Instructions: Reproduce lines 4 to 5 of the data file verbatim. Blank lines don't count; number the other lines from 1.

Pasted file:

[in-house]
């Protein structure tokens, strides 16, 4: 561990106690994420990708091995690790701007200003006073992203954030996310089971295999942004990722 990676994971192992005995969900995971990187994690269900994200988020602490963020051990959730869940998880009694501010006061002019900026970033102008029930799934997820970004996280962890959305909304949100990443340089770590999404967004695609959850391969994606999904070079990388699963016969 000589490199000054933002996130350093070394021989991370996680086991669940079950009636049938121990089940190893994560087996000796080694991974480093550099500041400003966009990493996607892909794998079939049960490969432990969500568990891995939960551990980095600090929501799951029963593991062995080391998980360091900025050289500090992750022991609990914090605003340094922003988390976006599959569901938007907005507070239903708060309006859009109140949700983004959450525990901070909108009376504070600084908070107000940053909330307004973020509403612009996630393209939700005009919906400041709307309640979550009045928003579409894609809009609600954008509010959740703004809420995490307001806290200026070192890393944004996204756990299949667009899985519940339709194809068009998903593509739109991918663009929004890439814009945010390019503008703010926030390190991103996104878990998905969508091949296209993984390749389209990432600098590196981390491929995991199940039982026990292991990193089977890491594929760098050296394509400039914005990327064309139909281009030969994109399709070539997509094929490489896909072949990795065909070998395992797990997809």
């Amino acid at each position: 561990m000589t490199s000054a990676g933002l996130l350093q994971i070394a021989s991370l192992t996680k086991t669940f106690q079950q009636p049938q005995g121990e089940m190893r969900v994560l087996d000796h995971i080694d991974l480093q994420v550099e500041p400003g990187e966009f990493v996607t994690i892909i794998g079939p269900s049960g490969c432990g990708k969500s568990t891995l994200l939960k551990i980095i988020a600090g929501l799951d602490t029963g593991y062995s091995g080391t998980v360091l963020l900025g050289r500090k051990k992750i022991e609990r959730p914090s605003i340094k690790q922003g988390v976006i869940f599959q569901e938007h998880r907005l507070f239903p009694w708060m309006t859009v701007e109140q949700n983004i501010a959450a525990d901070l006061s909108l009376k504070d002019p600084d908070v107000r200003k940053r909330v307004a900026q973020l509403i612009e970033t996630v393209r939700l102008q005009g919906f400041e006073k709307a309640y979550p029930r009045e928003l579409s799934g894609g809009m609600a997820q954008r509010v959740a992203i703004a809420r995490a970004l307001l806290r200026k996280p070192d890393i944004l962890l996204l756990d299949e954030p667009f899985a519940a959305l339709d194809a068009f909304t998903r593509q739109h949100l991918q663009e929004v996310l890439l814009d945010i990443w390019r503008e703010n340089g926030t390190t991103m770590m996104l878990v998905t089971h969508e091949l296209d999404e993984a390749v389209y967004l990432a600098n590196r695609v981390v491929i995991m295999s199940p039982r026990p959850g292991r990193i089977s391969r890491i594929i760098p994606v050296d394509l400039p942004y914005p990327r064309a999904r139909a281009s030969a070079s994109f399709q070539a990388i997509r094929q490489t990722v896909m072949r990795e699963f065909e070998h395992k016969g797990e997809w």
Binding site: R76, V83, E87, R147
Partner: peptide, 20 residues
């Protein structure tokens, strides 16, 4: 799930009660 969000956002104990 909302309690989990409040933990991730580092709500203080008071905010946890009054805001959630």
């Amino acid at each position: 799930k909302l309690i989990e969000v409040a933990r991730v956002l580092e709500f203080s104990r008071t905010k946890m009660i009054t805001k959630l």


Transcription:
Binding site: R76, V83, E87, R147
Partner: peptide, 20 residues